The cryosphere consists of those regions of the globe, both land and sea, covered by snow and ice. These include Antarctica, the Arctic Ocean, Greenland, Northern Canada, Northern Siberia and most of the high mountain ranges throughout the world, where sub-zero temperatures persist throughout the year. The cryosphere plays another important role in the regulation of the global climate system.
Snow and ice have a high albedo (reflectivity), that is they reflect much of the solar radiation they receive. Some parts of the Antarctic reflect as much as 90% of the incoming solar radiation, compared to a global average of 31% (see section 1.2.4). Without the cryosphere, the global albedo would be considerably lower. More energy would be absorbed at the Earth’s surface rather than reflected, and consequently the temperature of the atmosphere would be higher. Indeed, during the Cretaceous Period (120 to 65 million years ago) evidence suggests there was little or no snow and ice cover, even at the poles, and global temperatures were at least 8 to 10C warmer than today (Frakes, 1979; chapter 5).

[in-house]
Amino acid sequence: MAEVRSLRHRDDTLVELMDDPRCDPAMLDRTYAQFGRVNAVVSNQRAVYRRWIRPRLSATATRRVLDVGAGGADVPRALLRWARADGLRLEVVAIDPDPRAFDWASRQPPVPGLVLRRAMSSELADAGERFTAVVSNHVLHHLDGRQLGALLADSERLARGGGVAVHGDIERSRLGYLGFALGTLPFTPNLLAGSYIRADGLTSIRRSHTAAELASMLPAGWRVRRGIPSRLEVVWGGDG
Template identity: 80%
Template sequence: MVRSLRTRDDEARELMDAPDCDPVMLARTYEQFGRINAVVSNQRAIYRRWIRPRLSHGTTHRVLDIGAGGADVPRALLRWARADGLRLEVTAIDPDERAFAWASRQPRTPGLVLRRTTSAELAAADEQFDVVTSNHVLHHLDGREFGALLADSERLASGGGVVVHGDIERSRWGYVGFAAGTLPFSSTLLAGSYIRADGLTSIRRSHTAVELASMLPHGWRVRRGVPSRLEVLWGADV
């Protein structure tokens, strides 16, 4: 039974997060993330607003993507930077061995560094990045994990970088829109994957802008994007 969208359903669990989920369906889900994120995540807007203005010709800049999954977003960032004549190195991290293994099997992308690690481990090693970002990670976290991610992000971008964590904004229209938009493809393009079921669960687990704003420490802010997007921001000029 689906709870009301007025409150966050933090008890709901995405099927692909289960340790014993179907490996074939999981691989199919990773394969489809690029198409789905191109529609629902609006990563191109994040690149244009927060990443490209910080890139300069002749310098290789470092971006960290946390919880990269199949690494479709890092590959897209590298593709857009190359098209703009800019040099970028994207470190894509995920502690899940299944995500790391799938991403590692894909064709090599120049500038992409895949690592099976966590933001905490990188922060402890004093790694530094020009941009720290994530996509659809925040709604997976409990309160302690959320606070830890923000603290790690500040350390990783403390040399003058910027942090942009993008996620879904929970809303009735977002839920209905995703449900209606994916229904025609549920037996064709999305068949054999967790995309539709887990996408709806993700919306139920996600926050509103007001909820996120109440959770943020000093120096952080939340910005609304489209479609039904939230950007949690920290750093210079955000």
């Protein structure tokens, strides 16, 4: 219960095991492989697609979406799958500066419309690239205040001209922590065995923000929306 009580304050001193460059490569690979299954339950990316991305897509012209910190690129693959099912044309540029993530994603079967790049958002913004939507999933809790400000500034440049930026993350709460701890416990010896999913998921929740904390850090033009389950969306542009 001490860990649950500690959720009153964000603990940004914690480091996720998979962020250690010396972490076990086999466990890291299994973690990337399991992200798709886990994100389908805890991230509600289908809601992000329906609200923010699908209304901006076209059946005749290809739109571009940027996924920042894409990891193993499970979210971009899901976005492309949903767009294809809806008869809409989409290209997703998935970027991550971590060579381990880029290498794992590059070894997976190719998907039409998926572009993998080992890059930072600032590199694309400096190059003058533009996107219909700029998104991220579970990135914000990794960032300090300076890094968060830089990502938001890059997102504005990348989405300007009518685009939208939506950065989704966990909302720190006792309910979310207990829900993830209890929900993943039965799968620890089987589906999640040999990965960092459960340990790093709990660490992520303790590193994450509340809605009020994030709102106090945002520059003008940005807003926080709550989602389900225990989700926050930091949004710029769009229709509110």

The cryosphere also acts to decouple the atmosphere and oceans, reducing the transfer of moisture and momentum, so stabilising the energy transfers within the atmosphere (Henderson-Sellers & Robinson, 1986). The formation of sea ice in polar regions (section 1.3.1) can initiate global thermohaline circulation patterns in the oceans, which greatly influence the global climate system. Finally, the presence of the cryosphere itself markedly affects the volume of the oceans and global sea levels, changes to which can affect the energy budget of the climate system. Read something similar about Other Components of the Climate system